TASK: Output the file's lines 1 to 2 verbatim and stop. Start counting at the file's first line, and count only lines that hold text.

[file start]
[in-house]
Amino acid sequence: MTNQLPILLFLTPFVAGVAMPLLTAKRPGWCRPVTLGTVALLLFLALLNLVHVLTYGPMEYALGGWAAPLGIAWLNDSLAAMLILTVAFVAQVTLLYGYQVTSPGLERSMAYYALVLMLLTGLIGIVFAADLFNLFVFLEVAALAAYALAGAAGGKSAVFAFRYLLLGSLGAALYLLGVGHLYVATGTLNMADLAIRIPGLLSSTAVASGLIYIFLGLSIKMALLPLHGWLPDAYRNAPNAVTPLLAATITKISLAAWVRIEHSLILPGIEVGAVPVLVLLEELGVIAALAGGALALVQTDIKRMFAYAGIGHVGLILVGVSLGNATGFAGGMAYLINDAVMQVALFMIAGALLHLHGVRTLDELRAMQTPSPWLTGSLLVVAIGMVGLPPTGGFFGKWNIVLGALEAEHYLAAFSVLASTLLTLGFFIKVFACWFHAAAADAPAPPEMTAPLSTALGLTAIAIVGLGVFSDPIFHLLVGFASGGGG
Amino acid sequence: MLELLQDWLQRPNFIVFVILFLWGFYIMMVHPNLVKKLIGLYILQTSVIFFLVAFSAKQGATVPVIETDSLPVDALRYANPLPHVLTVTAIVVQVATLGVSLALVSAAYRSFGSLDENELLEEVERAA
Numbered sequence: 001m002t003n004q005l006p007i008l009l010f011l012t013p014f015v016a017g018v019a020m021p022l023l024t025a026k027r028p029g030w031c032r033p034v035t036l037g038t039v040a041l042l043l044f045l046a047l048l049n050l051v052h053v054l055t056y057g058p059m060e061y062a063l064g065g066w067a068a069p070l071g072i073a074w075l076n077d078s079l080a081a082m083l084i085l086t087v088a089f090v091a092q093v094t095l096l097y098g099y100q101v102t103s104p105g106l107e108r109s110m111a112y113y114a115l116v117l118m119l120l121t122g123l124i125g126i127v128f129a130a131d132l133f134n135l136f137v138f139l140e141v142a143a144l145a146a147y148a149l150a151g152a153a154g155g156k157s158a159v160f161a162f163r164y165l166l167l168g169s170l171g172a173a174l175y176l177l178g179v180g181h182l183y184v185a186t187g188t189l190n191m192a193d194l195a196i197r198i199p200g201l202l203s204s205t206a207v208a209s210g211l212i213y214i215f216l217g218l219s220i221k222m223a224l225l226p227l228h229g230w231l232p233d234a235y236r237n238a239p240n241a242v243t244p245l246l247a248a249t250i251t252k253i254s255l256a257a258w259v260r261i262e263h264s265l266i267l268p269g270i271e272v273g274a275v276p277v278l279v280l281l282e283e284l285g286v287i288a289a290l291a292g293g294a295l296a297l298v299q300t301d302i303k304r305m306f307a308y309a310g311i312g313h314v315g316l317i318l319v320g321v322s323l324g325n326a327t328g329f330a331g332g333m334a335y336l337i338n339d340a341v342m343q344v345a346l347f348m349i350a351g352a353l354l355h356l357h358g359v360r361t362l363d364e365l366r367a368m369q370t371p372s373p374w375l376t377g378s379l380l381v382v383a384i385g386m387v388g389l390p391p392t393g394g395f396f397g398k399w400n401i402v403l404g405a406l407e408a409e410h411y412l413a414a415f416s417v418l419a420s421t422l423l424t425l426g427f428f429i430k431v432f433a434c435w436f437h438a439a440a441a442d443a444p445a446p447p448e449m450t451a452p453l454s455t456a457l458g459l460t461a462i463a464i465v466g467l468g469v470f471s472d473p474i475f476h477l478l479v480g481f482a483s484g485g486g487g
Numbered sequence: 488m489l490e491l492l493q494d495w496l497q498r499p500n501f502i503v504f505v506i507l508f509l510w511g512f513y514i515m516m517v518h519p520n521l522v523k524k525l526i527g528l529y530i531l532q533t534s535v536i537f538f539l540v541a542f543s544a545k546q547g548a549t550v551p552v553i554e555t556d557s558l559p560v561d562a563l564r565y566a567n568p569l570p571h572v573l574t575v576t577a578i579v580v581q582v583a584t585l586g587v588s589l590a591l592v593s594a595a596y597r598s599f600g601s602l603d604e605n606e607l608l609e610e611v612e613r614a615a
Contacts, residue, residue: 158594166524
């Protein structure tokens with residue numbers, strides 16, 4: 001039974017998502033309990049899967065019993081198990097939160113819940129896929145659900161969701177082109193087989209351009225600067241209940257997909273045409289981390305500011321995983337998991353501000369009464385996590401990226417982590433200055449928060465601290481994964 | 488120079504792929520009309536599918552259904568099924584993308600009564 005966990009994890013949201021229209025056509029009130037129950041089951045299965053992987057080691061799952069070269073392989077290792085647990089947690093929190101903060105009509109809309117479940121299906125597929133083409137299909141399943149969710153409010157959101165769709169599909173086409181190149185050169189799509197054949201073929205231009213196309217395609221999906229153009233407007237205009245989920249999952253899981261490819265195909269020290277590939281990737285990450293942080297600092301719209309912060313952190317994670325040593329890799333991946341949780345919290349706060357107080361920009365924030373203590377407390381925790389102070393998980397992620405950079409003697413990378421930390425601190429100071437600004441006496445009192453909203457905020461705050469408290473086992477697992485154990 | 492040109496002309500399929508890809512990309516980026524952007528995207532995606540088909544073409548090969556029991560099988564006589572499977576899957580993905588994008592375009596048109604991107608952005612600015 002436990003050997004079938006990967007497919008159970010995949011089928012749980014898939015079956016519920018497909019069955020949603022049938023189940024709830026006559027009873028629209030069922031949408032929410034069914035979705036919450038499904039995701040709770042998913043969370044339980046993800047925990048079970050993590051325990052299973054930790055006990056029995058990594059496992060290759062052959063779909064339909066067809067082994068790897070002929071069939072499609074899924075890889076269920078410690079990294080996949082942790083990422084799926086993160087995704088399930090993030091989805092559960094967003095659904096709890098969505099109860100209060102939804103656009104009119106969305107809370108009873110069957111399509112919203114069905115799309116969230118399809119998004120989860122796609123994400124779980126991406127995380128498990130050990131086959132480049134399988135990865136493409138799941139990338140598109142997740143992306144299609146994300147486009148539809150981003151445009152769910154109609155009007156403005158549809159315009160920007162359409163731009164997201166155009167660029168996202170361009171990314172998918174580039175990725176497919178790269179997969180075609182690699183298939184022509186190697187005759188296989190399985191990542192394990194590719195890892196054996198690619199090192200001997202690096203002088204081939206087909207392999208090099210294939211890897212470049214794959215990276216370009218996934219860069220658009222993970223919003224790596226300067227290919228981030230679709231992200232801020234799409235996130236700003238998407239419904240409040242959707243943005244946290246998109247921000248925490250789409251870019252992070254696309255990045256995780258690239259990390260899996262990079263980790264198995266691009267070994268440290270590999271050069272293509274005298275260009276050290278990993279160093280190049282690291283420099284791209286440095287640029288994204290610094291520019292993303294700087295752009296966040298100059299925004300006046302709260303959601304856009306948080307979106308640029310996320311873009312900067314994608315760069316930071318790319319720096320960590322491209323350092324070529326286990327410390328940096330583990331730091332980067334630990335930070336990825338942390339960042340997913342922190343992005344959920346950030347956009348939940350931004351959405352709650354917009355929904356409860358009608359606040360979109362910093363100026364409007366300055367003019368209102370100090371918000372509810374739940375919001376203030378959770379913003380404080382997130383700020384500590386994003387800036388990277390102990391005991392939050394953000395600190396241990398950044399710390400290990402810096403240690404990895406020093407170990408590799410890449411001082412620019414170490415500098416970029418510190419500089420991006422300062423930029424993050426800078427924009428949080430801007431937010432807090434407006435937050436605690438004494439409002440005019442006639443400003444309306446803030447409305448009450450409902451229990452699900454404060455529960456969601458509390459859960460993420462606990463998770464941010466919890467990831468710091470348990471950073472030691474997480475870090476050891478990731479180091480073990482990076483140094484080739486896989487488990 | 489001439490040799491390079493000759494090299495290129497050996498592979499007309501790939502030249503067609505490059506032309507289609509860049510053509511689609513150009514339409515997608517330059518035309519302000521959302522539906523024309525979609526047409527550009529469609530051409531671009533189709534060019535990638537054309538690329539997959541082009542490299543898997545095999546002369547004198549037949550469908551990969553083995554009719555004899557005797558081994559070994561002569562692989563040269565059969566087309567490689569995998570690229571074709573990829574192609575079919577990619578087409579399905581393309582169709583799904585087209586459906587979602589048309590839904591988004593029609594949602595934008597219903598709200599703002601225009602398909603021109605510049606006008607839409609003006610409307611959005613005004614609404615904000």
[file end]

[in-house]
Amino acid sequence: MTNQLPILLFLTPFVAGVAMPLLTAKRPGWCRPVTLGTVALLLFLALLNLVHVLTYGPMEYALGGWAAPLGIAWLNDSLAAMLILTVAFVAQVTLLYGYQVTSPGLERSMAYYALVLMLLTGLIGIVFAADLFNLFVFLEVAALAAYALAGAAGGKSAVFAFRYLLLGSLGAALYLLGVGHLYVATGTLNMADLAIRIPGLLSSTAVASGLIYIFLGLSIKMALLPLHGWLPDAYRNAPNAVTPLLAATITKISLAAWVRIEHSLILPGIEVGAVPVLVLLEELGVIAALAGGALALVQTDIKRMFAYAGIGHVGLILVGVSLGNATGFAGGMAYLINDAVMQVALFMIAGALLHLHGVRTLDELRAMQTPSPWLTGSLLVVAIGMVGLPPTGGFFGKWNIVLGALEAEHYLAAFSVLASTLLTLGFFIKVFACWFHAAAADAPAPPEMTAPLSTALGLTAIAIVGLGVFSDPIFHLLVGFASGGGG